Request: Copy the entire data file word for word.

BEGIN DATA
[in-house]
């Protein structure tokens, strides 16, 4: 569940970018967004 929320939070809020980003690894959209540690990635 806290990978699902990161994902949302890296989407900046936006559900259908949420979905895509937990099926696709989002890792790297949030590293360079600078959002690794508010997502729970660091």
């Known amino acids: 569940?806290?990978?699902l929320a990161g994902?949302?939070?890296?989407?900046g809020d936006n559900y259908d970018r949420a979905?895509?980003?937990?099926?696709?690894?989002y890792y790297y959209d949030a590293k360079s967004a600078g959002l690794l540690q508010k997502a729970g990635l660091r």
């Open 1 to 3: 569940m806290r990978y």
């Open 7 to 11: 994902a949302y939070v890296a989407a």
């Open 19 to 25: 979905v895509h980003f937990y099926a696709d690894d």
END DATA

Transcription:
[in-house]
């Protein structure tokens, strides 16, 4: 569940970018967004 929320939070809020980003690894959209540690990635 806290990978699902990161994902949302890296989407900046936006559900259908949420979905895509937990099926696709989002890792790297949030590293360079600078959002690794508010997502729970660091």
């Known amino acids: 569940?806290?990978?699902l929320a990161g994902?949302?939070?890296?989407?900046g809020d936006n559900y259908d970018r949420a979905?895509?980003?937990?099926?696709?690894?989002y890792y790297y959209d949030a590293k360079s967004a600078g959002l690794l540690q508010k997502a729970g990635l660091r």
């Open 1 to 3: 569940m806290r990978y």
């Open 7 to 11: 994902a949302y939070v890296a989407a």
């Open 19 to 25: 979905v895509h980003f937990y099926a696709d690894d």